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February 11, 1893


JAMA. 1893;XX(6):154-156. doi:10.1001/jama.1893.02420330016002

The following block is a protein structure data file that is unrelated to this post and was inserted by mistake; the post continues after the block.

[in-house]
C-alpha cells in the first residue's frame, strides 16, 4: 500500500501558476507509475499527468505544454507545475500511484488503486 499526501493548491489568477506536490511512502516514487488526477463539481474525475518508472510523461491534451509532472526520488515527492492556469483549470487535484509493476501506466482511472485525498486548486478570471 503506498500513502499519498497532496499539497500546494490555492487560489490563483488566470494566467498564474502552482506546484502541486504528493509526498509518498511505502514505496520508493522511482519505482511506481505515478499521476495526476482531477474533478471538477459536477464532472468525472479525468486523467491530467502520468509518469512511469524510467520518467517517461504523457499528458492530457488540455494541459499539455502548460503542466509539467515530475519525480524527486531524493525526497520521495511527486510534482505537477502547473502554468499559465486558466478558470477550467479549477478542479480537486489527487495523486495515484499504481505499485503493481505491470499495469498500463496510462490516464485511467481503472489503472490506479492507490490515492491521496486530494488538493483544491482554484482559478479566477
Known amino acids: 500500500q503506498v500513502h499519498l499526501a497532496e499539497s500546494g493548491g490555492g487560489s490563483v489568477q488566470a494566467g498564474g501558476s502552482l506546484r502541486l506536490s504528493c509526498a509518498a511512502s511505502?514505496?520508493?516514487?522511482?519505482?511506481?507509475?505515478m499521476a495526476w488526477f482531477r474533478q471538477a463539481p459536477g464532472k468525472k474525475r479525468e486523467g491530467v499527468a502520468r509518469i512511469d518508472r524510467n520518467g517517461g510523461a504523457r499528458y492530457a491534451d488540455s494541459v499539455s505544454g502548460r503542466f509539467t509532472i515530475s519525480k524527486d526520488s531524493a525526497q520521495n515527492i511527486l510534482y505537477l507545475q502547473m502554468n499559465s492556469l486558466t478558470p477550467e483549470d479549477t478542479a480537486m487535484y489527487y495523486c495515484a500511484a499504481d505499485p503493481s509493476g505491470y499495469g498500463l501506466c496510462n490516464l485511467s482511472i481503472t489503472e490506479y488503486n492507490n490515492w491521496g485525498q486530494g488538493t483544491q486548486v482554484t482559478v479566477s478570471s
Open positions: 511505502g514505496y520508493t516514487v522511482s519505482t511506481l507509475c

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The fortnight of Siberian winter which prevailed during the early part of January, has been succeeded by a genial thaw, which has filled the streets with indescribable compost, and the air with germs and moisture. Diphtheria and scarlatina are still with us; but are on the decline. No cases of small-pox or of typhus have appeared in this city for many months, but typhoid fever and phthisis claim entirely too much prominence in the weekly death returns. The City Board of Health is not as fully sustained by public sentiment as it should be, and in fact has been criticised for the continuance of diphtheria, of which there have been from ten to twenty cases daily. It probably should have done much more; but it has had difficulty in securing sufficient funds for properly carrying on its work. The method of dealing with contagious disease in the city is as

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